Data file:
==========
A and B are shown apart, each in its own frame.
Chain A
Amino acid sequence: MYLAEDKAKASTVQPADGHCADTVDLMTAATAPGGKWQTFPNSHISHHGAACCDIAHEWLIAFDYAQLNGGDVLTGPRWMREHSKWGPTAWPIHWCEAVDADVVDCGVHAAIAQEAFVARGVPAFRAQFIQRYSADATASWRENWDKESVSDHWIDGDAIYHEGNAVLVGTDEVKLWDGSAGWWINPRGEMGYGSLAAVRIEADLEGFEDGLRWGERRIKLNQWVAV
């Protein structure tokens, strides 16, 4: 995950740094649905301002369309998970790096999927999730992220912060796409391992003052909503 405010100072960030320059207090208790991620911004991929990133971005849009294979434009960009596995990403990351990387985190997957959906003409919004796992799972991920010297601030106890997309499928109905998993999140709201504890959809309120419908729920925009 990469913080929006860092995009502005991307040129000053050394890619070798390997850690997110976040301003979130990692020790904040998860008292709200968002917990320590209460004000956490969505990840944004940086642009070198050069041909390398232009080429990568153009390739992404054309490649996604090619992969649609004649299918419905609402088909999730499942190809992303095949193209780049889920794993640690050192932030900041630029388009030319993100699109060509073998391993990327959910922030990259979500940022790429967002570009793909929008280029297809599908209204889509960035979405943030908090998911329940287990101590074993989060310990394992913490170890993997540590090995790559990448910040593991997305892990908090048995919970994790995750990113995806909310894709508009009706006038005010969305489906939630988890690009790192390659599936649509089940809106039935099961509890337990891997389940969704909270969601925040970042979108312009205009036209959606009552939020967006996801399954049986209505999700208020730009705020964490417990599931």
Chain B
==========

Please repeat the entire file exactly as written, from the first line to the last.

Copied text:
A and B are shown apart, each in its own frame.
Chain A
Amino acid sequence: MYLAEDKAKASTVQPADGHCADTVDLMTAATAPGGKWQTFPNSHISHHGAACCDIAHEWLIAFDYAQLNGGDVLTGPRWMREHSKWGPTAWPIHWCEAVDADVVDCGVHAAIAQEAFVARGVPAFRAQFIQRYSADATASWRENWDKESVSDHWIDGDAIYHEGNAVLVGTDEVKLWDGSAGWWINPRGEMGYGSLAAVRIEADLEGFEDGLRWGERRIKLNQWVAV
């Protein structure tokens, strides 16, 4: 995950740094649905301002369309998970790096999927999730992220912060796409391992003052909503 405010100072960030320059207090208790991620911004991929990133971005849009294979434009960009596995990403990351990387985190997957959906003409919004796992799972991920010297601030106890997309499928109905998993999140709201504890959809309120419908729920925009 990469913080929006860092995009502005991307040129000053050394890619070798390997850690997110976040301003979130990692020790904040998860008292709200968002917990320590209460004000956490969505990840944004940086642009070198050069041909390398232009080429990568153009390739992404054309490649996604090619992969649609004649299918419905609402088909999730499942190809992303095949193209780049889920794993640690050192932030900041630029388009030319993100699109060509073998391993990327959910922030990259979500940022790429967002570009793909929008280029297809599908209204889509960035979405943030908090998911329940287990101590074993989060310990394992913490170890993997540590090995790559990448910040593991997305892990908090048995919970994790995750990113995806909310894709508009009706006038005010969305489906939630988890690009790192390659599936649509089940809106039935099961509890337990891997389940969704909270969601925040970042979108312009205009036209959606009552939020967006996801399954049986209505999700208020730009705020964490417990599931």
Chain B